Down the stairs of my condominium and across Campus Drive I walk along Leona Canyon Open Space Preserve. In April and May, I canter past an expanse of wild radish and California golden poppies. Below there’s a culvert and a pond lined in cattails and home to a family of mallards whose ducklings hide behind the rushes. I continue down a slope alongside a stream flowing out toward Mills College and eventually to the bay.
It’s a three-mile walk, first an easy flat jog, then up a fairly steep hill that leads to the buildings of Merritt College. I hike along a stretch of California buckeye trees that erupt during the spring months into white candelabra that torch the entire canyon, bay oak and laurel trees cascade along the hillside, trunks undulating like dancers who reach out to partners as robins and song sparrows flit from branch to branch, sunlight filtering through branches in a soft shimmer.
I mark my journey up the length of the canyon by three benches. The first overlooks a growth of purple periwinkles that weave themselves into groundcover. A large oak grows on the other side of the bank and spans the creek and provides a constant expanse of shade. After my husband died, I used to talk to this oak, which reached out its branches and enclosed me within its protective shade.
Walking steadily, I come to a second bench, navigating past brambles of California blackberry whose white flowers in the early summer turn into ripening fruit, stands of white poison hemlock marked by dots along their stem to distinguish them from white umbrella-like flowers of cow parsnip. This part of the canyon is shaded by bay laurel and harbors large colonies of sword ferns and stinging nettles that remind me of The Wild Swans, a tale by Hans Christian Anderson about a young girl who gathered nettles from graveyards to help her brothers regain their human form. I sat here on many occasions holding hands with a lover until he left.
The third bench is nearly at the top of the hill, memorialized to the Jalquin people, one of the Ohlone tribes that used to call this area home. I am surrounded by yellow monkey flowers, French broom, and purple thistle. But the trail has become more congested, overrun, especially at certain times of the day.
These days it seems like I might be the only one who walks Leona Canyon Preserve without a dog. When I first moved here about twelve years ago, the trail almost felt like my own private secret, a stream that runs past groves of bay, buckeye, coast live oak, and madrone trees, an area abloom in the spring with wild radish and cow parsnip with white umbrella like stalks of flowers. In my first years at the canyon, I’d get excited if a saw a young garter snake swish past, or a hare dive into the brush. Sometimes I’d even see a red fox. Once I thought I spotted a mountain lion on the crest of the hill. But the area has been discovered, one of the few places in Oakland of its kind where dog walkers are allowed to herd their charges off-leash in a three-mile walk from the bottom of Leona Canyon to Merritt College. Dogs joyously bound up the trail, glad to be free in a space where the air is freshly oxygenated by trees and running water. It is rare that I see a hare anymore,.Even the snakes have disappeared. Of course, the trail is still beautiful, especially since the winter rain has filled the empty stream again after these last difficult drought years. But Leona Canyon Preserve has changed and so have I.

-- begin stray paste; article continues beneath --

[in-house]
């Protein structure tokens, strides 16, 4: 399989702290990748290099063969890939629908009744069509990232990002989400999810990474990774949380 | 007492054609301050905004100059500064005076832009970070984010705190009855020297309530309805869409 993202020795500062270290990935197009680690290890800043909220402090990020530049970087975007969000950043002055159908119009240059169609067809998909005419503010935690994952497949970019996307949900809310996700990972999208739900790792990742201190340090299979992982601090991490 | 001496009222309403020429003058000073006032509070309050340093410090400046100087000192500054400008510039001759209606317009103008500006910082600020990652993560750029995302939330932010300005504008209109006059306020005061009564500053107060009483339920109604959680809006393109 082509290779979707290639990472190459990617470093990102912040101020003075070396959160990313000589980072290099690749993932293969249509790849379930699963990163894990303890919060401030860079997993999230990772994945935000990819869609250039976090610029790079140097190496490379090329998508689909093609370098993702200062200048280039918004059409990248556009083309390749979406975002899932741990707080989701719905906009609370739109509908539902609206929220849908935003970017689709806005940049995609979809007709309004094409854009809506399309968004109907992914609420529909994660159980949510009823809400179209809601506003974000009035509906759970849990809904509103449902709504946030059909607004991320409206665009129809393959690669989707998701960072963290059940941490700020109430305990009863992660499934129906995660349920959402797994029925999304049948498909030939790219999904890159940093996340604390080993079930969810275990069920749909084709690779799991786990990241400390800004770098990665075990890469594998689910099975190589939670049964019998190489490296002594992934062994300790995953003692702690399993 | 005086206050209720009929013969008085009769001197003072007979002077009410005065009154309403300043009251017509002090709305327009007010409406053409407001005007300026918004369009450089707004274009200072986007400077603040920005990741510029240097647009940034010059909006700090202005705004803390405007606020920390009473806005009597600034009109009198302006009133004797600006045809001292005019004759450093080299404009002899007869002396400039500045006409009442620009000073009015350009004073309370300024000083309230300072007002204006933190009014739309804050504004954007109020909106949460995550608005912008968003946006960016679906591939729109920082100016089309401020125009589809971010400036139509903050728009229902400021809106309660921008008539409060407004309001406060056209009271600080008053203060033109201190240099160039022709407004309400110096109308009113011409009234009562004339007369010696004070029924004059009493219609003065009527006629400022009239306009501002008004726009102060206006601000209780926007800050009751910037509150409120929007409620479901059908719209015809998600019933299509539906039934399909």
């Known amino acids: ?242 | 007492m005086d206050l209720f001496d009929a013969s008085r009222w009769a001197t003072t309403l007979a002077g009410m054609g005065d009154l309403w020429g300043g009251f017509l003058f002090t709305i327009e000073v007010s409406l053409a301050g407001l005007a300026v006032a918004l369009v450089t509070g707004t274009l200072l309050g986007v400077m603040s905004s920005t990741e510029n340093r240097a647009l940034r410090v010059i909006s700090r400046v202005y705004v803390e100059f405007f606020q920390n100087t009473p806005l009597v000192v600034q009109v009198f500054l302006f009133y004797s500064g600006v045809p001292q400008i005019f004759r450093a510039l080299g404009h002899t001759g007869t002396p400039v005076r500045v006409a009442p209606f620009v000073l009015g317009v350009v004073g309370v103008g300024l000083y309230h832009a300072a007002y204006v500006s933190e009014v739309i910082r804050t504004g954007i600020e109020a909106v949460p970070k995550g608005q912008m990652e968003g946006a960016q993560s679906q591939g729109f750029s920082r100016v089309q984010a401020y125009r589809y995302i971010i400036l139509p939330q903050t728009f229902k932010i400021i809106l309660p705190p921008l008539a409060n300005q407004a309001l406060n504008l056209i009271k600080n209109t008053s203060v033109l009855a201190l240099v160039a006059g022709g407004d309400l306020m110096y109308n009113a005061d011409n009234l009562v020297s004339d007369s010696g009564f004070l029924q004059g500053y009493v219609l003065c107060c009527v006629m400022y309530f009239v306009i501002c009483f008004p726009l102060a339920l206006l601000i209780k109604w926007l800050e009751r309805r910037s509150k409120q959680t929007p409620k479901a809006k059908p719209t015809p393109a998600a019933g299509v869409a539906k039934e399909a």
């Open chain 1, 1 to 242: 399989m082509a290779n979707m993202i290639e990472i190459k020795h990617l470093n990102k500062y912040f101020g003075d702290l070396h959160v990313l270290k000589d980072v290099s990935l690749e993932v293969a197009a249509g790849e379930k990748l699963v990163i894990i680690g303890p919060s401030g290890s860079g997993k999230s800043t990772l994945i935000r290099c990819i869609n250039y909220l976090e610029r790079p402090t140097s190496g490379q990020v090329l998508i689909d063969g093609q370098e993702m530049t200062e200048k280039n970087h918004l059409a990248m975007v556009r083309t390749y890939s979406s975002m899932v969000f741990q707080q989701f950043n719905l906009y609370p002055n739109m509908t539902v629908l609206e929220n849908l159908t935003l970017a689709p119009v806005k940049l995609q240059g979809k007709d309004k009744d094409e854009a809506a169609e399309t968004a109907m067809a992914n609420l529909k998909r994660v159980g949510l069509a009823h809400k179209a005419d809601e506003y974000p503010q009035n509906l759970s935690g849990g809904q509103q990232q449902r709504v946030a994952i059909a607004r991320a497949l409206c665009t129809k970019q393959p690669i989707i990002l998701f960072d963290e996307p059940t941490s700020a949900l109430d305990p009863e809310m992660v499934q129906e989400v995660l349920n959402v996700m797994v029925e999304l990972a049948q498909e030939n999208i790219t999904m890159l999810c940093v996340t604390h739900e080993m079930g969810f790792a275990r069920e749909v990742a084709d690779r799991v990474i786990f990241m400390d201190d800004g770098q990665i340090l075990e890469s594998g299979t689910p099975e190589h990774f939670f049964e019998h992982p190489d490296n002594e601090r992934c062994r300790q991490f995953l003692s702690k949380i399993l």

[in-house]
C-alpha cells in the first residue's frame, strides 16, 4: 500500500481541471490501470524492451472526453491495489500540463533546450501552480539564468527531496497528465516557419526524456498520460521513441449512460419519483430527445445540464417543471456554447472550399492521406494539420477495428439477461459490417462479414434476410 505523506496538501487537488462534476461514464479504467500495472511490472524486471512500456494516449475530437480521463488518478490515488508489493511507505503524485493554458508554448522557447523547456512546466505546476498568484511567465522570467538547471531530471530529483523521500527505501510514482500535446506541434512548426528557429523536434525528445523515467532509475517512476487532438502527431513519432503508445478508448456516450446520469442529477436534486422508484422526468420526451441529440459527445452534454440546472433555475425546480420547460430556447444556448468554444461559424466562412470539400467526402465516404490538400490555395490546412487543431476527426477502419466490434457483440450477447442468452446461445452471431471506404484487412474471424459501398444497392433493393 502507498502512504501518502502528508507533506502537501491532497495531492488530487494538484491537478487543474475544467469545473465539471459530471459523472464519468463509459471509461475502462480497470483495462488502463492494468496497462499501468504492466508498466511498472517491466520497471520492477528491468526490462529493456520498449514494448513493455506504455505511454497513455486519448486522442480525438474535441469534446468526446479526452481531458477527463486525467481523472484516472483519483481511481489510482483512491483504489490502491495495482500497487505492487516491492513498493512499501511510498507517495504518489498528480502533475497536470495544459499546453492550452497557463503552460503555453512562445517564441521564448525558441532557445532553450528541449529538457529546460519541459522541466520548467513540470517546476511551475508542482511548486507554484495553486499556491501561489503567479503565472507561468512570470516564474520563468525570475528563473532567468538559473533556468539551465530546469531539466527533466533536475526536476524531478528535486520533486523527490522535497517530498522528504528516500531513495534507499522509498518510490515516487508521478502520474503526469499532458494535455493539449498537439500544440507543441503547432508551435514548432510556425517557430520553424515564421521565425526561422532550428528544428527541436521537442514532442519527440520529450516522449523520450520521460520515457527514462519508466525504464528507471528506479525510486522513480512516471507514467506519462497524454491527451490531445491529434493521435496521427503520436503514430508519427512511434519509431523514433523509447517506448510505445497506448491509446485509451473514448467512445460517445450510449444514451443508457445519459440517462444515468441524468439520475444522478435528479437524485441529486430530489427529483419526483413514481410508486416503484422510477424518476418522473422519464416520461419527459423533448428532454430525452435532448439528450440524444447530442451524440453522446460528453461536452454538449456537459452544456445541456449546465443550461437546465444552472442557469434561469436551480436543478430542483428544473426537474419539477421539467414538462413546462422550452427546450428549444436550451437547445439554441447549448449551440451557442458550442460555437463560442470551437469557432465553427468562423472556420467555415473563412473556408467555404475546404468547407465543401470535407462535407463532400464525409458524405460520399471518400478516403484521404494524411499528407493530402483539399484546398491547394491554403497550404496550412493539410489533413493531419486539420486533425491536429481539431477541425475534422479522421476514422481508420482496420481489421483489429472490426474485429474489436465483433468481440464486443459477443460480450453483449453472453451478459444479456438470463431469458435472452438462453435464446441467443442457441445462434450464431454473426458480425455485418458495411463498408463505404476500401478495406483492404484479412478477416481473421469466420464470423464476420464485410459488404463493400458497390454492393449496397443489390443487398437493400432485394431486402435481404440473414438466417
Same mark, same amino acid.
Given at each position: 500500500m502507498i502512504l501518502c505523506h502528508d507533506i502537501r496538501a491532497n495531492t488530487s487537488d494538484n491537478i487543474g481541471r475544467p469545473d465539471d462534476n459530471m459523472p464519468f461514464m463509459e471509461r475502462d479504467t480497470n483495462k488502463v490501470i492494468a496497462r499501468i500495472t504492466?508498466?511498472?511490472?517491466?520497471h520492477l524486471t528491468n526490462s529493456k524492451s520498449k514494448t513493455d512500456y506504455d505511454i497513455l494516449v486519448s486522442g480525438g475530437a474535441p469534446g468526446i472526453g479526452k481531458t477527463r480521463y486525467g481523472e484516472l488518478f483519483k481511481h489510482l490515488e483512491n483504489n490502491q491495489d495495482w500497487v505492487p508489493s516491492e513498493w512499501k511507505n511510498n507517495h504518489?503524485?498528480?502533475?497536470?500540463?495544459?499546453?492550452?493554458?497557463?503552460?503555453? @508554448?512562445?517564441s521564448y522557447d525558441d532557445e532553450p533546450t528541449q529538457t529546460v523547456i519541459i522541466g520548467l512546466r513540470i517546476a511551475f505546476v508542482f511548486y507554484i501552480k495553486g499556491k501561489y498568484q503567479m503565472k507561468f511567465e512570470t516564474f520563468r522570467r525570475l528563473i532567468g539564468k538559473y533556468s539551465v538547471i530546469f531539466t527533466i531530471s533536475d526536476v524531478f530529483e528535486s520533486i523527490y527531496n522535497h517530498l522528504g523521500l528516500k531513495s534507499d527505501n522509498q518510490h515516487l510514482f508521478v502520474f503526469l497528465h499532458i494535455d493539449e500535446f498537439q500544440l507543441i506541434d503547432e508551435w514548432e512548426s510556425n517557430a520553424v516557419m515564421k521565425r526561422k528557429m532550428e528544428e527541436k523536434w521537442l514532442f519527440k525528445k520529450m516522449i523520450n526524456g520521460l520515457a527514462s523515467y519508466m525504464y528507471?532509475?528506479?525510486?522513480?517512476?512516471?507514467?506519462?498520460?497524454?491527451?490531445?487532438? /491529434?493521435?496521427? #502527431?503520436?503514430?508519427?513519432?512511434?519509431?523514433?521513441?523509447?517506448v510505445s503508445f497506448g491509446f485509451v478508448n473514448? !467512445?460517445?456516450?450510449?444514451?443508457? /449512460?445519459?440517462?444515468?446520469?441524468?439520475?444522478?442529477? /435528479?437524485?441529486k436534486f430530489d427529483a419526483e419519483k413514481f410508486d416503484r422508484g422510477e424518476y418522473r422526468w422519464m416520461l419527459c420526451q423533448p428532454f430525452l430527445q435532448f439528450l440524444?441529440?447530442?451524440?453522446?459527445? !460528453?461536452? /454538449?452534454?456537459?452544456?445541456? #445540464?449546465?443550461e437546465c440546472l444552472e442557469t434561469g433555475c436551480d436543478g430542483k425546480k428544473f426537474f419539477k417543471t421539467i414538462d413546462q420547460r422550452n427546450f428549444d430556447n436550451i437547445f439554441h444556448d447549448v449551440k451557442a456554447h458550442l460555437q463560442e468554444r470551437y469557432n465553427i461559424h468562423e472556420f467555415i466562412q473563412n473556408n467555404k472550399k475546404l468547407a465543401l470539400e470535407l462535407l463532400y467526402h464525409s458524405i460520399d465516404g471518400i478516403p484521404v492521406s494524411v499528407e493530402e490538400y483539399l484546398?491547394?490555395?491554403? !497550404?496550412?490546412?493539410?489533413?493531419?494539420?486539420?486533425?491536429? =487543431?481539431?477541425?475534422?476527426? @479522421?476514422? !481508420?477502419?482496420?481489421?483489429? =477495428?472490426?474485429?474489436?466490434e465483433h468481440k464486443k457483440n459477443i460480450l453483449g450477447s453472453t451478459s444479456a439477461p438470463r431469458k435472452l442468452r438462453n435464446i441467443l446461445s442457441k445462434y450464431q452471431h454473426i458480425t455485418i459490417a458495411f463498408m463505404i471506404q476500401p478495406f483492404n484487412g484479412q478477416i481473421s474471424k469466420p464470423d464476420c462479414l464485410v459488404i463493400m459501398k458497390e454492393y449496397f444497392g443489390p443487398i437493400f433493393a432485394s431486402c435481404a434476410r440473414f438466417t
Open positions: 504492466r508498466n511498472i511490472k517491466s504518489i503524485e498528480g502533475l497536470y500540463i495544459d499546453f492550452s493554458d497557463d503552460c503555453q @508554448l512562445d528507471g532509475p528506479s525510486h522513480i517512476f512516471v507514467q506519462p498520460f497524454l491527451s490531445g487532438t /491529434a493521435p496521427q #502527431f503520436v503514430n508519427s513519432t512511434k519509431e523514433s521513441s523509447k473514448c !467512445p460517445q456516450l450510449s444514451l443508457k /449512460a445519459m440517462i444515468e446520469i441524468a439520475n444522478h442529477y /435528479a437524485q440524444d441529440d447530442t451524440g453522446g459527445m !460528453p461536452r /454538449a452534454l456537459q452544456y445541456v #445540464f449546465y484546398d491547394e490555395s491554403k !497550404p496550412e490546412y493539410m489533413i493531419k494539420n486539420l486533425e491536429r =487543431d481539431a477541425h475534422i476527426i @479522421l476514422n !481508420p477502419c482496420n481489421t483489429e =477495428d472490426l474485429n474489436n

Sometimes I consider getting a small companion to accompany me on the trail and would allow me to exchange notes with other walkers about dog husbandry.
I have yet to take this step and check off my reasons. None make sense. First of all, I live in an 1120 square foot condo without a yard and don’t feel that it’s fair to coop up a pooch within this space. Also I’ve put in new rugs and I think about their wear and tear. But then there’s the fact that I live by myself and I’m gone for long stretches during the week and I don’t think it’s fair to leave an animal, especially when we’d be in the first phase of getting-to-know you. Still, as an apartment dweller who never grew up with dogs—more like parakeets, goldfish, and cats—I do wonder what that relationship would be like, having a dog rest at my feet while I read a book, type on the computer, listen to music, and of course, walk up Leona Canyon. But the real reason I resist visiting pet shelters, if I am to be honest with myself, is a fear that I may only have a dog for companionship, and as I sit at the third bench, I contemplate if I shall ever discover love again, if when, how soon.